We know from direct experience as homeschoolers that it is not necessary for young people to stay in school in order for them to be engaged in learning and motivated to maintain lifelong learning.
We believe that a broad focus on learning and a respect for autonomy and freedom of choice are more empowering and motivating than a narrow focus on school attendance.
3. Abandon any plans to link school attendance and drivers' licenses.
We believe the education system cannot "instil in young people a lasting, positive attitude toward learning" by imposing sanctions through coercive and restrictive legislation.
We urge the government to recognize that linking drivers' licenses to school attendance is a punitive measure, unfair in its incongruity, and oversteps the boundaries of the state into the private affairs of individuals. We believe that certain decisions fall under the responsibilities of parents rather than government, and that one such decision is whether or not to impose unrelated consequences (such as the withholding of a driver's license) on a youth who chooses not to attend school.
Sometimes a young person's interests and goals involve circumstances in which they may need independent transportation (i.e. a vehicle and a driver's license) to classes, training, research or employment. To restrict access to such opportunities to some young people and not to others sets up a double standard, especially given that the restriction can interfere with the very thing it is meant to promote: involvement with learning.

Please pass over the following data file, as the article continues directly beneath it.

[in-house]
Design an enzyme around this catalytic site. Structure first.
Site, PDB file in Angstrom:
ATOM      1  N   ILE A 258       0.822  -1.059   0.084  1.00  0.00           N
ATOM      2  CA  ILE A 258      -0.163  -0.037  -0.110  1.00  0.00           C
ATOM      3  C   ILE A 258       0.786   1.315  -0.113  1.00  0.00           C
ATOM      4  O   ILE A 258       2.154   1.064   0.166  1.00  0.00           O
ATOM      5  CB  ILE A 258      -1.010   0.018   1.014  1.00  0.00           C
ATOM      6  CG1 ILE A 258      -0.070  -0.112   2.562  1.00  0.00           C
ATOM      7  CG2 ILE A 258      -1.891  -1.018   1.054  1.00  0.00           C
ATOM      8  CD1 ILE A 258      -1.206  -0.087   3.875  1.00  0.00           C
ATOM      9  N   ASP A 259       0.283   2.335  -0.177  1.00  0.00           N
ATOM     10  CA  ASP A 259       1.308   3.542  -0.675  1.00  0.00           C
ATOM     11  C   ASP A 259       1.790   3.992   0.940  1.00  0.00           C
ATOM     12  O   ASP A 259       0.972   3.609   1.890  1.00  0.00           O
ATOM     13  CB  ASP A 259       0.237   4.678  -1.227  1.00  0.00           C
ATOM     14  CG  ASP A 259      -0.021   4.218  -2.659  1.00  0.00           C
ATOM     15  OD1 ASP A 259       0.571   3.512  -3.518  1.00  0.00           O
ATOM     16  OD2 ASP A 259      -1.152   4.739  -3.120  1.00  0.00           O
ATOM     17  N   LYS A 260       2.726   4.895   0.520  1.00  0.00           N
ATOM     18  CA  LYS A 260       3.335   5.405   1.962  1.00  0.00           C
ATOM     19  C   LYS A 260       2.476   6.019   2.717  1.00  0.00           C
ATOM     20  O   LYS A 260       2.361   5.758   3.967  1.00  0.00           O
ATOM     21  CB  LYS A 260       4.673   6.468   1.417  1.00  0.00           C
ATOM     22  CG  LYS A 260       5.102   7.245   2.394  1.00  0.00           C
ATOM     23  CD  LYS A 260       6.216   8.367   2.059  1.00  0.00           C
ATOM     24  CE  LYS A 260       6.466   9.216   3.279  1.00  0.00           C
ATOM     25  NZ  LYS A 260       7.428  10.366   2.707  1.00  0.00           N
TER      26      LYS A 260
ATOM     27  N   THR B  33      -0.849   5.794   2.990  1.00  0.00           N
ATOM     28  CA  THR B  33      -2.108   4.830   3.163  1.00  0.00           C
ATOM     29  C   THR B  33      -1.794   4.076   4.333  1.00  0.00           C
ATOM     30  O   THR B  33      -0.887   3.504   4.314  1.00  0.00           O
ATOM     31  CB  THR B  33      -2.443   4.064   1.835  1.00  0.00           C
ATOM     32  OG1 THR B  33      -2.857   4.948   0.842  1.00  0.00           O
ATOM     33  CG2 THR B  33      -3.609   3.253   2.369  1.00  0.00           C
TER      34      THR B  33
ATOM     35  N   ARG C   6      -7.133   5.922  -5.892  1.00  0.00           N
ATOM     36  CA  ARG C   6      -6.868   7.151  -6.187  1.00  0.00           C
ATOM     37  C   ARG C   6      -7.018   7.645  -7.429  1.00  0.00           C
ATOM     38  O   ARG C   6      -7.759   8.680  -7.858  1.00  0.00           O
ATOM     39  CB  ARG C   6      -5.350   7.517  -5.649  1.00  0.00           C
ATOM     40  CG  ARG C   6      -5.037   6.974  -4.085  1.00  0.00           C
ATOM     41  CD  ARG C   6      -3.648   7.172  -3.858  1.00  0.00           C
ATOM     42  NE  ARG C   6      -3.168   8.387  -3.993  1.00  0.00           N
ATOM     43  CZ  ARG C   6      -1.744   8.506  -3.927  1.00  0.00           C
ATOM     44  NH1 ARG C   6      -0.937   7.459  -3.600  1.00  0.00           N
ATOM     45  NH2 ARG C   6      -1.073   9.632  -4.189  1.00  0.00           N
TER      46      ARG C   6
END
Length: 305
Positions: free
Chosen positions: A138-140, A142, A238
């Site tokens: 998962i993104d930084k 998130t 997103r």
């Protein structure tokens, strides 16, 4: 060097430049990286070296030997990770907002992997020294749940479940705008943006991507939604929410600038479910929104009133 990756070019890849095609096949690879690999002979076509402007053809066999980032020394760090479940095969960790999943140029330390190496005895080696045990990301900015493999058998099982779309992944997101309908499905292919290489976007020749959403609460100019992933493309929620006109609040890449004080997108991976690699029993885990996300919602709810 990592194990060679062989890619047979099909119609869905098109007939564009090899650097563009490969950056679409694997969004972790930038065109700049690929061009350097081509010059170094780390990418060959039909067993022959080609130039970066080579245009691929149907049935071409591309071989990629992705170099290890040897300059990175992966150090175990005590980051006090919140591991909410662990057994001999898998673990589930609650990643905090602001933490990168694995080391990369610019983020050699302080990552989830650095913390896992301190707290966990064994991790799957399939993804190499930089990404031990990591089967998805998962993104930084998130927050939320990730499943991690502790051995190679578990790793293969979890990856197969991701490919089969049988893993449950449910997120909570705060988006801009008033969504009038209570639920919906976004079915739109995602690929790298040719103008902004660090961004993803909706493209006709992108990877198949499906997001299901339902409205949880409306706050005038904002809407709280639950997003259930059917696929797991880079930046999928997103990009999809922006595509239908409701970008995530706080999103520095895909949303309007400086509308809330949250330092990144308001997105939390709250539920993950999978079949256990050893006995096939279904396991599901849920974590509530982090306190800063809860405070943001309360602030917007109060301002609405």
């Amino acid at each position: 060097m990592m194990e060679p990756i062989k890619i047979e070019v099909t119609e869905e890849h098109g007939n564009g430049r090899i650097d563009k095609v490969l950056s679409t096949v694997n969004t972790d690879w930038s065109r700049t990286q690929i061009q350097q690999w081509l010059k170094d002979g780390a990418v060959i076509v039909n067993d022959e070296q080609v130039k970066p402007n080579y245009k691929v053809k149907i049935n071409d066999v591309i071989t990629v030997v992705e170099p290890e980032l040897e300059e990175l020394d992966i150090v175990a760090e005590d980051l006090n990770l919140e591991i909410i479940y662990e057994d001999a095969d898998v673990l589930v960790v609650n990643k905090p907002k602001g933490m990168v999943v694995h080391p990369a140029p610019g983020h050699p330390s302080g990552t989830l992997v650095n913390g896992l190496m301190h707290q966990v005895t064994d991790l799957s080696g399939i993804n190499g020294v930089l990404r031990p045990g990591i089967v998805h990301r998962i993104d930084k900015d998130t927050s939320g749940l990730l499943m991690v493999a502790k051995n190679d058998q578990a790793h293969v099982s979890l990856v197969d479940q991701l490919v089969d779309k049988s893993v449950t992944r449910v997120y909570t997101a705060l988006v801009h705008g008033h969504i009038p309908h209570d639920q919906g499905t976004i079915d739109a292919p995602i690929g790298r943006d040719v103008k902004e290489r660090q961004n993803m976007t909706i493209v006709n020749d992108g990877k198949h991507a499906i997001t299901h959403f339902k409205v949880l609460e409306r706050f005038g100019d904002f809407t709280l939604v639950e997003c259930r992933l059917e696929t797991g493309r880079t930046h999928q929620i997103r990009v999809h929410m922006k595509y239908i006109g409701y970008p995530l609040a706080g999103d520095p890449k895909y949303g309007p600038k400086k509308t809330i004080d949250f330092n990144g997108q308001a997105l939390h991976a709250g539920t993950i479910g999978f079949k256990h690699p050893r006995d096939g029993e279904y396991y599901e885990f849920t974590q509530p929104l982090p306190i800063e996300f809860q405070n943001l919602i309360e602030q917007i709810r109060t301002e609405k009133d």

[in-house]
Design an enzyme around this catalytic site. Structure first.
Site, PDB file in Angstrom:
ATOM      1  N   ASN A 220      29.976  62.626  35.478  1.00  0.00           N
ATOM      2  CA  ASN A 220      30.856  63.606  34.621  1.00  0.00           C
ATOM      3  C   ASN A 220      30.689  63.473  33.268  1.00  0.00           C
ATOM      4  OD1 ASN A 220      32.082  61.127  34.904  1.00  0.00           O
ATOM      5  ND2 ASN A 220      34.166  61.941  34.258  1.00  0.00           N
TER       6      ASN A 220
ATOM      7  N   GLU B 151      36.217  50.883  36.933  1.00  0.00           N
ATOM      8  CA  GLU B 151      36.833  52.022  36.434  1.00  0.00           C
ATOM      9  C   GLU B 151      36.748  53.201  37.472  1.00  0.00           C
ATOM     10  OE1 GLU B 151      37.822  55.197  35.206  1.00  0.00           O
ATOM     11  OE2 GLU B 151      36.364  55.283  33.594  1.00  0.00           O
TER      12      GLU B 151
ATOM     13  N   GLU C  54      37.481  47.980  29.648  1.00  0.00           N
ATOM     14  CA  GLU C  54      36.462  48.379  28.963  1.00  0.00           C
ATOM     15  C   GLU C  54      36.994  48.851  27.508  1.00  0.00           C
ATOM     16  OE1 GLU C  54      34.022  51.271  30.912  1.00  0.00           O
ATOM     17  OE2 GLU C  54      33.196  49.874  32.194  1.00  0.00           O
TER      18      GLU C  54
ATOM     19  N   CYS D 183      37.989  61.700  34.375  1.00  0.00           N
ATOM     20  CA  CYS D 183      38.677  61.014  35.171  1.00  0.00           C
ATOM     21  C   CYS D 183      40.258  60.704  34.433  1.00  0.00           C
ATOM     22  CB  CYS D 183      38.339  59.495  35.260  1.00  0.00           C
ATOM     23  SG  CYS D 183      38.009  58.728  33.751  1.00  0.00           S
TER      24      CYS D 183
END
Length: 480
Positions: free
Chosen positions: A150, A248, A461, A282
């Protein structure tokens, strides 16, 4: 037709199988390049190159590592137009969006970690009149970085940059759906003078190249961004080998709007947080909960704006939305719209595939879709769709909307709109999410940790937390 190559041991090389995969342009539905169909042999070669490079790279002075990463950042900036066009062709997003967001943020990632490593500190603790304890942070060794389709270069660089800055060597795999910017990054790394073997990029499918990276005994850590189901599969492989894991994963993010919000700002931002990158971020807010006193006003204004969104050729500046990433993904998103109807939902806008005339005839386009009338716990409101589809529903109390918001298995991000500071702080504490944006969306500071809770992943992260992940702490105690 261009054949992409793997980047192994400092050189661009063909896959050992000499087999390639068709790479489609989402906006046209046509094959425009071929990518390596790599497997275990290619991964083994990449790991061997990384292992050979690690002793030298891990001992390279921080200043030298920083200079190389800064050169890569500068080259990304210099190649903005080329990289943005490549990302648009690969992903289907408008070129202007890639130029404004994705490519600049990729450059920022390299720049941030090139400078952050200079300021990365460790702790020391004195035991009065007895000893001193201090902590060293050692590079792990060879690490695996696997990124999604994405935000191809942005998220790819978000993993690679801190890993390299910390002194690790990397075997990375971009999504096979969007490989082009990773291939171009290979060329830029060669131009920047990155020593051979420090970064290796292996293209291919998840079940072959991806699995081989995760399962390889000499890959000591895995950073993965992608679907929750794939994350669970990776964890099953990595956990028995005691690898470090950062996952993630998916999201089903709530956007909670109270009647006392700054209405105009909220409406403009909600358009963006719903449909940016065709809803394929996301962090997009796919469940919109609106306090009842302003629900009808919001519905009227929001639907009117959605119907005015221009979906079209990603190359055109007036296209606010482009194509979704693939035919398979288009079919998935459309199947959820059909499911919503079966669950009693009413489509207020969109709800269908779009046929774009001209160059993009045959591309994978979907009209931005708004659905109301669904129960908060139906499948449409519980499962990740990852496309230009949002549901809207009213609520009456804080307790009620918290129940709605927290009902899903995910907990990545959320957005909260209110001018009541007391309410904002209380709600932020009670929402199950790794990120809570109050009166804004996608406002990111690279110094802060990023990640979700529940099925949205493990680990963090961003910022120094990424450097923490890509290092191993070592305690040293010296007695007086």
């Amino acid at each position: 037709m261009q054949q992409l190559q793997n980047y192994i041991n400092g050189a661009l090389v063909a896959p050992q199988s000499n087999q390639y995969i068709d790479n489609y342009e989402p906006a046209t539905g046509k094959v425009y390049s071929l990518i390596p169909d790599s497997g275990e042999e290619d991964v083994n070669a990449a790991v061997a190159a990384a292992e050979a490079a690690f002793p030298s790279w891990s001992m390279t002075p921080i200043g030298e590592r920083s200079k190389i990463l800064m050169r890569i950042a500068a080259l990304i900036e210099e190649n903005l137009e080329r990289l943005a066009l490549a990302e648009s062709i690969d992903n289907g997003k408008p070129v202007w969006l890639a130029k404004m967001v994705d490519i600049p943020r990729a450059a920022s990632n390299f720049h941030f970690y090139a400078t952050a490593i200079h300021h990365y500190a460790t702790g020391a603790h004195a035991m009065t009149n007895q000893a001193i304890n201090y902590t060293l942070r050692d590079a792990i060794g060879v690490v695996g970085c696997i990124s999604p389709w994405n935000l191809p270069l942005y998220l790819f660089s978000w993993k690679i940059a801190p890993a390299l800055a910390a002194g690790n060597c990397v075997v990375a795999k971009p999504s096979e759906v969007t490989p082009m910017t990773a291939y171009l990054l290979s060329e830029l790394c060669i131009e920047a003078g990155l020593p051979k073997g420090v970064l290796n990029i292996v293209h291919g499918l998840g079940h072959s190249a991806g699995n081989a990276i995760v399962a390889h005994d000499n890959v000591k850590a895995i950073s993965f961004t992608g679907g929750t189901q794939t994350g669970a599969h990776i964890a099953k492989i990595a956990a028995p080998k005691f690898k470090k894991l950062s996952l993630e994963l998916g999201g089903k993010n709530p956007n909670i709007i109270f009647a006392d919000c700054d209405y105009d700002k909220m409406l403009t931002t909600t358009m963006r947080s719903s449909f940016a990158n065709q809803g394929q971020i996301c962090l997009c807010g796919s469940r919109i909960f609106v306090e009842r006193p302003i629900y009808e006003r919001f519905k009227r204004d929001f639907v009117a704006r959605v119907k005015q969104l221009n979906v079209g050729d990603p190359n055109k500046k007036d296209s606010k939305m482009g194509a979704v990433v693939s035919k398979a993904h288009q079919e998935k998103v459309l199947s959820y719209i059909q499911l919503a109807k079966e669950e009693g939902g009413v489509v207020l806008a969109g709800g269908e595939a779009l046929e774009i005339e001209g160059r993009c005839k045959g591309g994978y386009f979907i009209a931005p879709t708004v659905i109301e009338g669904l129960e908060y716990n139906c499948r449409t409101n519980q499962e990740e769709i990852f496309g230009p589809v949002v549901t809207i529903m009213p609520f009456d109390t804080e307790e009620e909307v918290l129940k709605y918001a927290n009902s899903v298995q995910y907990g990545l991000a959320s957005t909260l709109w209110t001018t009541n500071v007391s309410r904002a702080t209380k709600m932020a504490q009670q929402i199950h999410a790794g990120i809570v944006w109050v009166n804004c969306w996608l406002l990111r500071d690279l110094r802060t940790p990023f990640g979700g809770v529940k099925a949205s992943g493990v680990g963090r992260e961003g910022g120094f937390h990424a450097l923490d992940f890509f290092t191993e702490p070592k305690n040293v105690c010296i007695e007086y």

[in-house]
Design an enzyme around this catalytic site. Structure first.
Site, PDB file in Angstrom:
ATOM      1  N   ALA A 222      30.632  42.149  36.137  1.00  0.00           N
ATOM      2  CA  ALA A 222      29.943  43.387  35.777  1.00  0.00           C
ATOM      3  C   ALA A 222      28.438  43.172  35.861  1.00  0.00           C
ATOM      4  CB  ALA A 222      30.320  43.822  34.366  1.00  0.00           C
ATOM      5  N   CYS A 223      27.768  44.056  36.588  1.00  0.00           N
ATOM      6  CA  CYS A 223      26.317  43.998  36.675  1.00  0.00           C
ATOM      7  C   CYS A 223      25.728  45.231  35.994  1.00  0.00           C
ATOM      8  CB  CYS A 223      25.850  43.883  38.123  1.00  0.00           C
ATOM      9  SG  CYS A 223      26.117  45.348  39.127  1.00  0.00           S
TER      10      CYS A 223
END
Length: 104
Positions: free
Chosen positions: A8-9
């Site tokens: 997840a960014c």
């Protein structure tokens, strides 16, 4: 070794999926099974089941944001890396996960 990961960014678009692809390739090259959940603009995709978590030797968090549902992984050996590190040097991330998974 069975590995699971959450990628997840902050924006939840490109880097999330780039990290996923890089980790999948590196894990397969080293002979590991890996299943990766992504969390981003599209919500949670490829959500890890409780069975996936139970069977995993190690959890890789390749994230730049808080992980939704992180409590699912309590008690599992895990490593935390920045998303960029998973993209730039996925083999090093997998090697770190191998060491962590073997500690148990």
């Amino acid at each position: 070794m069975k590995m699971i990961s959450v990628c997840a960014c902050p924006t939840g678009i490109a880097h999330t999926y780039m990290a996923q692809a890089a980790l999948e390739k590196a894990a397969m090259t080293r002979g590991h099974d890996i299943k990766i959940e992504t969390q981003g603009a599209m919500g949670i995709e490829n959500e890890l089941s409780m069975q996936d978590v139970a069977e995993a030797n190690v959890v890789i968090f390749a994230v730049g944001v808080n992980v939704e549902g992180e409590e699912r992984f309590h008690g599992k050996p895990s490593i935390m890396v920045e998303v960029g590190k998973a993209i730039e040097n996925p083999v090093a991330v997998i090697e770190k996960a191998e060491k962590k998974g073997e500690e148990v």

4. Consult with dropouts, potential dropouts, and homeschoolers, to gain a better understanding of the complexity and diversity of reasons for leaving school and the solutions that would genuinely and supportively change the motivation or ability to stay.
We believe that genuine motivation is self-motivation arising out of a desire to learn and reach goals, not out of fear of coercion or punitive legislation.
We urge the government to understand that young people will not be genuinely motivated to stay in school if their experience there is a negative one, whether in relation to teachers and other school authorities (e.g. the student feels he or she is restricted, receiving no respect, not having his or her needs met, not having his or her strengths recognized, and/or not receiving the assistance he or she needs to assimilate the lessons), or in relation to peers (being socially ostracized, emotionally abused, and/or physically threatened or abused).
What is required to address these issues is a guarantee of safety, respect, understanding, support and assistance. While access to non-traditional learning opportunities can help create a more positive environment and is a step in the right direction, it is only one step geared to one aspect of the issue.
We believe what is needed for a more encompassing solution is a genuine understanding of the diverse and complex realities that lead or force students to opt out of school. Dropouts and potential dropouts are the ones who can offer the most valuable and direct insight into which realities relate to their own reasons for leaving school, and what solutions would address those realities effectively.
Homeschoolers, too, can offer insights and a different perspective on why one might withdraw from the school system, and can also contribute information and experience about the types of learning that can and do happen outside of school.
We feel sure that the above steps would lead the government to a positive, creative and constructive solution to the dropout issue without restricting the rights and freedoms of young adults or overstepping the boundaries of the state into private matters.
If plans do proceed as currently outlined in Bill 52, the OFTP urges the government to ensure that the rights of homeschoolers are not revoked or curtailed as a consequence.
To that end, we request the following: